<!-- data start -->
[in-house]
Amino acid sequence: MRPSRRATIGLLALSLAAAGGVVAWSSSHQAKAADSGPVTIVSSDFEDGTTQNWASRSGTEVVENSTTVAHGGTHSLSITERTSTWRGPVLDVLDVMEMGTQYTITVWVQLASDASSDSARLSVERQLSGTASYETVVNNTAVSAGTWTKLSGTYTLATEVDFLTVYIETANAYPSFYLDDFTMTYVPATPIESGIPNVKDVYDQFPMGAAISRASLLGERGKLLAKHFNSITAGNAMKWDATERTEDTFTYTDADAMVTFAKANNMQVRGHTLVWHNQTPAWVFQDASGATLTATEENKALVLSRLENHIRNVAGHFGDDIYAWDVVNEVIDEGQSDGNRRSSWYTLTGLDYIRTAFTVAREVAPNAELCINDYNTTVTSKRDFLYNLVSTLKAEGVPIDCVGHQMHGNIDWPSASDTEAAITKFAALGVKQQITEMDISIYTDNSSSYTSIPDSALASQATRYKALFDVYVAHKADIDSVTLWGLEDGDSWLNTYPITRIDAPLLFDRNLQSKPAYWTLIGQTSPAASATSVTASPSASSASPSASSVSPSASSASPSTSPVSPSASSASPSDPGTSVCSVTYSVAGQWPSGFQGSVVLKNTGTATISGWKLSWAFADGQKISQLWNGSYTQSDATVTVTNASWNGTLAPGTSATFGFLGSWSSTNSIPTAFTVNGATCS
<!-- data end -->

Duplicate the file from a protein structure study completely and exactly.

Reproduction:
[in-house]
Amino acid sequence: MRPSRRATIGLLALSLAAAGGVVAWSSSHQAKAADSGPVTIVSSDFEDGTTQNWASRSGTEVVENSTTVAHGGTHSLSITERTSTWRGPVLDVLDVMEMGTQYTITVWVQLASDASSDSARLSVERQLSGTASYETVVNNTAVSAGTWTKLSGTYTLATEVDFLTVYIETANAYPSFYLDDFTMTYVPATPIESGIPNVKDVYDQFPMGAAISRASLLGERGKLLAKHFNSITAGNAMKWDATERTEDTFTYTDADAMVTFAKANNMQVRGHTLVWHNQTPAWVFQDASGATLTATEENKALVLSRLENHIRNVAGHFGDDIYAWDVVNEVIDEGQSDGNRRSSWYTLTGLDYIRTAFTVAREVAPNAELCINDYNTTVTSKRDFLYNLVSTLKAEGVPIDCVGHQMHGNIDWPSASDTEAAITKFAALGVKQQITEMDISIYTDNSSSYTSIPDSALASQATRYKALFDVYVAHKADIDSVTLWGLEDGDSWLNTYPITRIDAPLLFDRNLQSKPAYWTLIGQTSPAASATSVTASPSASSASPSASSVSPSASSASPSTSPVSPSASSASPSDPGTSVCSVTYSVAGQWPSGFQGSVVLKNTGTATISGWKLSWAFADGQKISQLWNGSYTQSDATVTVTNASWNGTLAPGTSATFGFLGSWSSTNSIPTAFTVNGATCS